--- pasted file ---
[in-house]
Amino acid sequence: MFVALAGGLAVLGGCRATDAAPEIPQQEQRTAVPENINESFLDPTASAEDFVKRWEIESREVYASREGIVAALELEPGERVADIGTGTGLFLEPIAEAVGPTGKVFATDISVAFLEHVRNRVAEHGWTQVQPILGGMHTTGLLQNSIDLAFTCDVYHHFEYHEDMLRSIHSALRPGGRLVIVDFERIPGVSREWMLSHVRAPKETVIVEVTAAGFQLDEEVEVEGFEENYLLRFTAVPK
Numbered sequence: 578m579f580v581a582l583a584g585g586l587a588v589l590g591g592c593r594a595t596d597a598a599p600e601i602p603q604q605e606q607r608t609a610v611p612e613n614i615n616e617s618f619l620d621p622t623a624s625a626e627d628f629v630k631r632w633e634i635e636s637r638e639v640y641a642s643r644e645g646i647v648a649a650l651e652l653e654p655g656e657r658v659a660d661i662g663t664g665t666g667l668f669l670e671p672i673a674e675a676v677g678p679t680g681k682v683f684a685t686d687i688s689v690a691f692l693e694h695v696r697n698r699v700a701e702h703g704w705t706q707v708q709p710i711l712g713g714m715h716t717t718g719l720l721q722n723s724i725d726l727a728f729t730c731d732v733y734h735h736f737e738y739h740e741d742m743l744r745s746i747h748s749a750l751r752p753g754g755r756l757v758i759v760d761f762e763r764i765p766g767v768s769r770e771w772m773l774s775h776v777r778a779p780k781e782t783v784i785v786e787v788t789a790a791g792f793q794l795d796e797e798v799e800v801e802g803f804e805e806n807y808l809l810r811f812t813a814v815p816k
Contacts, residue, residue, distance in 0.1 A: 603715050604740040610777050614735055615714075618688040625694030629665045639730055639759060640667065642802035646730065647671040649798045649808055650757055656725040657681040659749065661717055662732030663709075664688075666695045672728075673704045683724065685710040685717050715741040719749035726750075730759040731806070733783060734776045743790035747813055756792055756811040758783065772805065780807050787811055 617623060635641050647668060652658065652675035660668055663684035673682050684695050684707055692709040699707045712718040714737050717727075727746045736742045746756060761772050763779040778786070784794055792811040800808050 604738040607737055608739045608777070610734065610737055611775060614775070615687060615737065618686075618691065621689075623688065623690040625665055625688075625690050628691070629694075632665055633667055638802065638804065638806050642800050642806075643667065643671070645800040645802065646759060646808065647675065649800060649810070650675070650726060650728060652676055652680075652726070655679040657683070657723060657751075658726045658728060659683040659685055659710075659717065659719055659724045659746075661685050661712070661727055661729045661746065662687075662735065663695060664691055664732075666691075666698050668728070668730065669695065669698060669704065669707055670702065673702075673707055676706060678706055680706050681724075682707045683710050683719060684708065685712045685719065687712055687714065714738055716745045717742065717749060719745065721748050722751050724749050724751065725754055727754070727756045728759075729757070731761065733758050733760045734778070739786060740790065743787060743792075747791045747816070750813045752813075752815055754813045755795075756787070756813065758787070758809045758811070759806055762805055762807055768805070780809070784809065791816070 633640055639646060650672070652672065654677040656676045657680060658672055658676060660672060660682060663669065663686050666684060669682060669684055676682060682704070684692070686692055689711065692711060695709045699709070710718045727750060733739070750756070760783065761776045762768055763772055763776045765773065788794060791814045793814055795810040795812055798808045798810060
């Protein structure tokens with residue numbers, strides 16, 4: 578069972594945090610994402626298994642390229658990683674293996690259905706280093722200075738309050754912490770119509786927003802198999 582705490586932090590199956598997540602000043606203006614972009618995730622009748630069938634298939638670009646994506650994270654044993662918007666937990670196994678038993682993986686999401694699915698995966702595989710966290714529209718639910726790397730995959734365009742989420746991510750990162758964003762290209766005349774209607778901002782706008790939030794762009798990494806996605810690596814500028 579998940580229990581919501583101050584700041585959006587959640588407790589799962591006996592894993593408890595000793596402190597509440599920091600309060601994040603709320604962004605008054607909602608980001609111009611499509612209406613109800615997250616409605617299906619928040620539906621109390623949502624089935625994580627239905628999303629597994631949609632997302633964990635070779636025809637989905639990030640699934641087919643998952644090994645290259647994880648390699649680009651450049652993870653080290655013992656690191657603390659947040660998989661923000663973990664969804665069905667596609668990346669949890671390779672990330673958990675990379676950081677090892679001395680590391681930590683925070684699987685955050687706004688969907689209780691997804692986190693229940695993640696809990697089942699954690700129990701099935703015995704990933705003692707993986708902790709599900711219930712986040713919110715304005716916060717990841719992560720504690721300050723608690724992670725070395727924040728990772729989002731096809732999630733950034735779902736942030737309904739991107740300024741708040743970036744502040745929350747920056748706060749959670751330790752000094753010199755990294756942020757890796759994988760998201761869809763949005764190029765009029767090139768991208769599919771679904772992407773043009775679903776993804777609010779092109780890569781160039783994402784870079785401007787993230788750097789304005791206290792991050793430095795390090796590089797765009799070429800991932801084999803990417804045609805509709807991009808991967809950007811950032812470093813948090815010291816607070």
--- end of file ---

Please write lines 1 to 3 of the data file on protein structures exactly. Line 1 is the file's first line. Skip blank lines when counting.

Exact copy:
[in-house]
Amino acid sequence: MFVALAGGLAVLGGCRATDAAPEIPQQEQRTAVPENINESFLDPTASAEDFVKRWEIESREVYASREGIVAALELEPGERVADIGTGTGLFLEPIAEAVGPTGKVFATDISVAFLEHVRNRVAEHGWTQVQPILGGMHTTGLLQNSIDLAFTCDVYHHFEYHEDMLRSIHSALRPGGRLVIVDFERIPGVSREWMLSHVRAPKETVIVEVTAAGFQLDEEVEVEGFEENYLLRFTAVPK
Numbered sequence: 578m579f580v581a582l583a584g585g586l587a588v589l590g591g592c593r594a595t596d597a598a599p600e601i602p603q604q605e606q607r608t609a610v611p612e613n614i615n616e617s618f619l620d621p622t623a624s625a626e627d628f629v630k631r632w633e634i635e636s637r638e639v640y641a642s643r644e645g646i647v648a649a650l651e652l653e654p655g656e657r658v659a660d661i662g663t664g665t666g667l668f669l670e671p672i673a674e675a676v677g678p679t680g681k682v683f684a685t686d687i688s689v690a691f692l693e694h695v696r697n698r699v700a701e702h703g704w705t706q707v708q709p710i711l712g713g714m715h716t717t718g719l720l721q722n723s724i725d726l727a728f729t730c731d732v733y734h735h736f737e738y739h740e741d742m743l744r745s746i747h748s749a750l751r752p753g754g755r756l757v758i759v760d761f762e763r764i765p766g767v768s769r770e771w772m773l774s775h776v777r778a779p780k781e782t783v784i785v786e787v788t789a790a791g792f793q794l795d796e797e798v799e800v801e802g803f804e805e806n807y808l809l810r811f812t813a814v815p816k